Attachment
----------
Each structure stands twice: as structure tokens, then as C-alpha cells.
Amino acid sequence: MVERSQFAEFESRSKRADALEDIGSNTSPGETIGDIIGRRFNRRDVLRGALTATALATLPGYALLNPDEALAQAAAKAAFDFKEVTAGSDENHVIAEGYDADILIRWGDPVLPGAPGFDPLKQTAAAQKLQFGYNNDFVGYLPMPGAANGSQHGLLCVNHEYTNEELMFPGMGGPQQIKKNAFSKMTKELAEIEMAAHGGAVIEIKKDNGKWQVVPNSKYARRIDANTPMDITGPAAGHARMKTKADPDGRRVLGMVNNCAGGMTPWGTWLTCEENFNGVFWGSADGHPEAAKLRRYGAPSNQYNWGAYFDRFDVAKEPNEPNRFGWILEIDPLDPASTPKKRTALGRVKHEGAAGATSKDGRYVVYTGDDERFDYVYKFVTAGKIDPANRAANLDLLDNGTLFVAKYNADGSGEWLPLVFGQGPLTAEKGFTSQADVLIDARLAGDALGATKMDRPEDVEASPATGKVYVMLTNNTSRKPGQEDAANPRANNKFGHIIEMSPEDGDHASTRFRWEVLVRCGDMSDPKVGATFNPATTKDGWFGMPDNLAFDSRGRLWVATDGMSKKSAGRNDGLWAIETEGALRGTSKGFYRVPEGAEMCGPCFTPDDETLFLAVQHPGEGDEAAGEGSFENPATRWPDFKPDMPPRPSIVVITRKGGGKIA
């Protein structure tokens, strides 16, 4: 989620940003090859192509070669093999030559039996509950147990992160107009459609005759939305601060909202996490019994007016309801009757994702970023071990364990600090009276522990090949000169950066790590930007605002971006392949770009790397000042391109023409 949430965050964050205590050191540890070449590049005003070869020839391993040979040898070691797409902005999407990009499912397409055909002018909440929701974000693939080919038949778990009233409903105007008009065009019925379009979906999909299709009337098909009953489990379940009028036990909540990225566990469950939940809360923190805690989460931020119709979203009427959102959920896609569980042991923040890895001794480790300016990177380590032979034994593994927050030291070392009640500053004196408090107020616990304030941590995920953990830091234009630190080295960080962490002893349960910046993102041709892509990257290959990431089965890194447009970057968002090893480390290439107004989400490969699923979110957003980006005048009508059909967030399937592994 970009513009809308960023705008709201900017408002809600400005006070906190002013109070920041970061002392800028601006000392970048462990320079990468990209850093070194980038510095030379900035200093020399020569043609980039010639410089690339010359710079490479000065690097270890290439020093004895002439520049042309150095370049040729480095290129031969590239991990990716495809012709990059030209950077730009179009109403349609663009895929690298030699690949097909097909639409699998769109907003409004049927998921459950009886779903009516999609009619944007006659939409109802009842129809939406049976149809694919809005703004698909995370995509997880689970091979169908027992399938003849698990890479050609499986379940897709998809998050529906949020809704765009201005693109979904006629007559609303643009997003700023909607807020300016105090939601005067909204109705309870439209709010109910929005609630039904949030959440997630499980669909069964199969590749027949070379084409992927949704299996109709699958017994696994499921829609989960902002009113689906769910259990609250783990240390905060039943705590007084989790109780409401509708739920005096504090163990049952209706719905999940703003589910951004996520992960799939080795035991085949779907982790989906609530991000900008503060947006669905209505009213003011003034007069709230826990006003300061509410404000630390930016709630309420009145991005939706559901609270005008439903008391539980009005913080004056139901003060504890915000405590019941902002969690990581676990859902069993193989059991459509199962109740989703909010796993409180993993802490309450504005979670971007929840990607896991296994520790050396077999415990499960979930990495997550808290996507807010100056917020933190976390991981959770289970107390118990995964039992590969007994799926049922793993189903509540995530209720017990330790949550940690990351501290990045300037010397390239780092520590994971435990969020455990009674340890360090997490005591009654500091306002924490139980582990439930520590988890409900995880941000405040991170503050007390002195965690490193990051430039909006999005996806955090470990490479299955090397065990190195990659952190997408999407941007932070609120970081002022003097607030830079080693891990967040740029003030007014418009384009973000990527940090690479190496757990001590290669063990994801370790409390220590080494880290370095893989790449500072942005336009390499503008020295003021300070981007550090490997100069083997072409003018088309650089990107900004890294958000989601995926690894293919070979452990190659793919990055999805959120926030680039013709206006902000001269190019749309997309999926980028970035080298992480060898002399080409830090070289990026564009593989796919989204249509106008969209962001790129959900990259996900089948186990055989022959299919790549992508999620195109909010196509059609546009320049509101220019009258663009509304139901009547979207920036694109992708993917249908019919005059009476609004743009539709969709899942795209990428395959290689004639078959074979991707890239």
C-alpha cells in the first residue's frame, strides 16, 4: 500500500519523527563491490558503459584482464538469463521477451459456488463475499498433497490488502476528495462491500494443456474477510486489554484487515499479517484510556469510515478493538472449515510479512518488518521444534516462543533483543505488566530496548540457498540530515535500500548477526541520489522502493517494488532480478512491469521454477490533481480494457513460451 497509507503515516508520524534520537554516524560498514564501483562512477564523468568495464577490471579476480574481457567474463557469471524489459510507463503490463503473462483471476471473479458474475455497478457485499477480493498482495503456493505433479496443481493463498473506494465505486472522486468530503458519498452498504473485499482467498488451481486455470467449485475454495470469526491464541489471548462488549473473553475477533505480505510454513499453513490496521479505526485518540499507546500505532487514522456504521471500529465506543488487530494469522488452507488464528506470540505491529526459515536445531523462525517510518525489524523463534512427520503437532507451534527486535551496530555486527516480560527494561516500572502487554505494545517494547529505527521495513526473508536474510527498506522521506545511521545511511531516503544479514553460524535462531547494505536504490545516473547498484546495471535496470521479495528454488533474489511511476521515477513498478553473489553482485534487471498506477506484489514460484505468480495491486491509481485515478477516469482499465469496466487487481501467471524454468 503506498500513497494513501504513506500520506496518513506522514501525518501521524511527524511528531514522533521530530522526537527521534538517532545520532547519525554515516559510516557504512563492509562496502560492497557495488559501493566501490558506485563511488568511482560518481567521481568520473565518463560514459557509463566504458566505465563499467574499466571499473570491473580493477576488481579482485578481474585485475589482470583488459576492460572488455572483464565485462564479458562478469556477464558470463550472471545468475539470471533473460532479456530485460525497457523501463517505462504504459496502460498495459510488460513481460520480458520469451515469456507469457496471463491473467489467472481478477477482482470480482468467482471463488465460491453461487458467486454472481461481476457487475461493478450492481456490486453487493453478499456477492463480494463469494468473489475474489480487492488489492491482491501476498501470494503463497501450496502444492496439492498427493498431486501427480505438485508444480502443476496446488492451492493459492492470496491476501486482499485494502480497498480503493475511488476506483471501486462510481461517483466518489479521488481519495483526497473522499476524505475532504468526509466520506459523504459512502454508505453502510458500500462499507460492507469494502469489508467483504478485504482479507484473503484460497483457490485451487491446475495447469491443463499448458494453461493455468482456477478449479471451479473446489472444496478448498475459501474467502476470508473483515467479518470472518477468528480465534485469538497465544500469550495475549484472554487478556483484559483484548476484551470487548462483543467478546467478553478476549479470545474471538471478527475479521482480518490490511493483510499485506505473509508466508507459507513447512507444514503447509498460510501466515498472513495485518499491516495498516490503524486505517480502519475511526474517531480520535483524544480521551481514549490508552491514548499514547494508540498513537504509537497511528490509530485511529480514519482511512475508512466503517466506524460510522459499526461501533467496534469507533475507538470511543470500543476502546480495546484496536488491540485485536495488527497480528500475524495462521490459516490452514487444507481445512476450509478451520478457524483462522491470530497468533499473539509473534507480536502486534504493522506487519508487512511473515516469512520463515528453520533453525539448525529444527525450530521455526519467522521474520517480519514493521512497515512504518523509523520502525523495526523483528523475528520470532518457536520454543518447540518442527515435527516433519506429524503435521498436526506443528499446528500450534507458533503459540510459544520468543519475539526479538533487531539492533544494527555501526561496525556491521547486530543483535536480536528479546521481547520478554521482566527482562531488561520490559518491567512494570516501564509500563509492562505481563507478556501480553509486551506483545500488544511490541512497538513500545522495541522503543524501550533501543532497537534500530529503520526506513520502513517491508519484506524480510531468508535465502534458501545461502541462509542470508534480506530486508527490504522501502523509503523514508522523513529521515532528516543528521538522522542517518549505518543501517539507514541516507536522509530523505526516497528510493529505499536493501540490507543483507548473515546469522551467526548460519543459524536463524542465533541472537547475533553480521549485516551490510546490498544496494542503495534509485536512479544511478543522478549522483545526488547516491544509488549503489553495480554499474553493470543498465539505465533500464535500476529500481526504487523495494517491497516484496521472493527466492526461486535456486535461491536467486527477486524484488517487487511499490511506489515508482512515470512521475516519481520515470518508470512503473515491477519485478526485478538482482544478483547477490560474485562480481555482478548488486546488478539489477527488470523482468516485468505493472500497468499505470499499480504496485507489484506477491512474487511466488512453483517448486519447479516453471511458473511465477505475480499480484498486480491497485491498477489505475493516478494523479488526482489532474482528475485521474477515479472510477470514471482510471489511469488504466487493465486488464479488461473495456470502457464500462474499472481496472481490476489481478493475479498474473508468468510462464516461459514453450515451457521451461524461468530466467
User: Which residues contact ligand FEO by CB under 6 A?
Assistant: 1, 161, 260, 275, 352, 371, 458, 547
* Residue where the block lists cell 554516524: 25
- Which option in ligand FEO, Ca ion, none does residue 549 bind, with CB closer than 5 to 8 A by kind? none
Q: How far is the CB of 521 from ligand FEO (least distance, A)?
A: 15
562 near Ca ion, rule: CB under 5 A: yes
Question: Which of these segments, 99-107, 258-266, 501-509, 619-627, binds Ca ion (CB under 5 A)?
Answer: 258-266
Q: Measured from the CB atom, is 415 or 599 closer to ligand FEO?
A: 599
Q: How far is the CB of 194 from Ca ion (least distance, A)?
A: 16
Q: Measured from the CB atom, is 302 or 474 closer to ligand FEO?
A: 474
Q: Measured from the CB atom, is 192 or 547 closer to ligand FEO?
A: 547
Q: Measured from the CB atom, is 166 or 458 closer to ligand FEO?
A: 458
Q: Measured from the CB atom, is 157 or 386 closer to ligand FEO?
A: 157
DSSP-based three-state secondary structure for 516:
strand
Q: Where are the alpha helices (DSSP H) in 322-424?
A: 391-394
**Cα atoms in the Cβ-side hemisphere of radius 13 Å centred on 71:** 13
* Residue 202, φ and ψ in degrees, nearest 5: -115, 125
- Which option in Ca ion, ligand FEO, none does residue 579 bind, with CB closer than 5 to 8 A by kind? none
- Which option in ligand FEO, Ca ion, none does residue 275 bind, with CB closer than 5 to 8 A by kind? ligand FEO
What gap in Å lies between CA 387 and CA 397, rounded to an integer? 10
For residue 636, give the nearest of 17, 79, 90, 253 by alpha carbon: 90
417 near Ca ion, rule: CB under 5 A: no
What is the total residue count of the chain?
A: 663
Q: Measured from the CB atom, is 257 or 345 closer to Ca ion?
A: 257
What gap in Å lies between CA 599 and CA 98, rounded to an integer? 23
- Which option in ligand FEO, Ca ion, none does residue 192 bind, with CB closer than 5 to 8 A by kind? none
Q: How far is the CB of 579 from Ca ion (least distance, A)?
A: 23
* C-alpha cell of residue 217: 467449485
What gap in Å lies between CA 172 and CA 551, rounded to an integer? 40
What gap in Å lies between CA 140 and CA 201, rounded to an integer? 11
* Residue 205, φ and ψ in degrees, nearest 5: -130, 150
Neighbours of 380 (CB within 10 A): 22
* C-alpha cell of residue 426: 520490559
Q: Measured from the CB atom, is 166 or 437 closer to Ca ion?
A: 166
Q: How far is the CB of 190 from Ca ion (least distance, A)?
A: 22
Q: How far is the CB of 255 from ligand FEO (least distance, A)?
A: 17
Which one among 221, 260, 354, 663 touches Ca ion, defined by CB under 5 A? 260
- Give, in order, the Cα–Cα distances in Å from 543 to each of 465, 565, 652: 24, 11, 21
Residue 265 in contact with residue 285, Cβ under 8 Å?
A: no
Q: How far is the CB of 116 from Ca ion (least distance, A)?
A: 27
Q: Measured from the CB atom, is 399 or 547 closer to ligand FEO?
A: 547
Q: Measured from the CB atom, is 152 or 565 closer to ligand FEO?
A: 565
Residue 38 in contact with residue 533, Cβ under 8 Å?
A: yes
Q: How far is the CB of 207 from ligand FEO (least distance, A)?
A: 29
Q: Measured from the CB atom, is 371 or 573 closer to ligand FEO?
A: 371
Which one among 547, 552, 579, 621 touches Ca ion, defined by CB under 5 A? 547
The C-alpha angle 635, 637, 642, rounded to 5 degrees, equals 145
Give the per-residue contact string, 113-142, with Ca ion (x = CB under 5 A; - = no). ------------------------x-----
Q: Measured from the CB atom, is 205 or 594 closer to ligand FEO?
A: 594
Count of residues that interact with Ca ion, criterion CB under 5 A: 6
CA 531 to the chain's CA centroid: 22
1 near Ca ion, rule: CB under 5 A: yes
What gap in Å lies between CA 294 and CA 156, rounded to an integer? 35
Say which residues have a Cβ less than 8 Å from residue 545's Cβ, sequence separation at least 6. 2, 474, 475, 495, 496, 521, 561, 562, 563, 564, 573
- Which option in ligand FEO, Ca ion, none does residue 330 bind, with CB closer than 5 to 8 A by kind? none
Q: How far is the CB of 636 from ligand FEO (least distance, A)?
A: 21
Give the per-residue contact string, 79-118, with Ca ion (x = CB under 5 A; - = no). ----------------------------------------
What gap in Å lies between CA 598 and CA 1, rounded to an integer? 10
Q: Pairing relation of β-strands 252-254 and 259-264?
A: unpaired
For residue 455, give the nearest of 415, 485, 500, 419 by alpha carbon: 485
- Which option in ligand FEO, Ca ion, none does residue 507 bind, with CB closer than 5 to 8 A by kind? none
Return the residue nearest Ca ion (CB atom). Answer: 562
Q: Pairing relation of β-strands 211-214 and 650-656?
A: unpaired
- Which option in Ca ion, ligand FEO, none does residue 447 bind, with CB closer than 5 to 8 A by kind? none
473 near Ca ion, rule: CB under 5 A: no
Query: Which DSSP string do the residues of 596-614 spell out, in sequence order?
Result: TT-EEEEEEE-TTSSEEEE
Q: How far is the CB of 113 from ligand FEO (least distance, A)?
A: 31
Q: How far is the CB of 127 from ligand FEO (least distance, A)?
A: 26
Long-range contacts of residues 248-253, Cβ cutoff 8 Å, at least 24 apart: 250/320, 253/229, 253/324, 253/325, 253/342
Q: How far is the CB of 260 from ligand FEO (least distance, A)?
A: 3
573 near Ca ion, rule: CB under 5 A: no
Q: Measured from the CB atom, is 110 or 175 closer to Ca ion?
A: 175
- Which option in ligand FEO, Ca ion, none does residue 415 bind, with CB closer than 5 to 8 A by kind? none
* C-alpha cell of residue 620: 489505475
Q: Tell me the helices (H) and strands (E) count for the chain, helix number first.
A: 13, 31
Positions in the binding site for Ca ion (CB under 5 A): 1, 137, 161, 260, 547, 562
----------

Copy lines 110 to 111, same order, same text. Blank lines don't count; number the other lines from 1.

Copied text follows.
* C-alpha cell of residue 620: 489505475
Q: Tell me the helices (H) and strands (E) count for the chain, helix number first.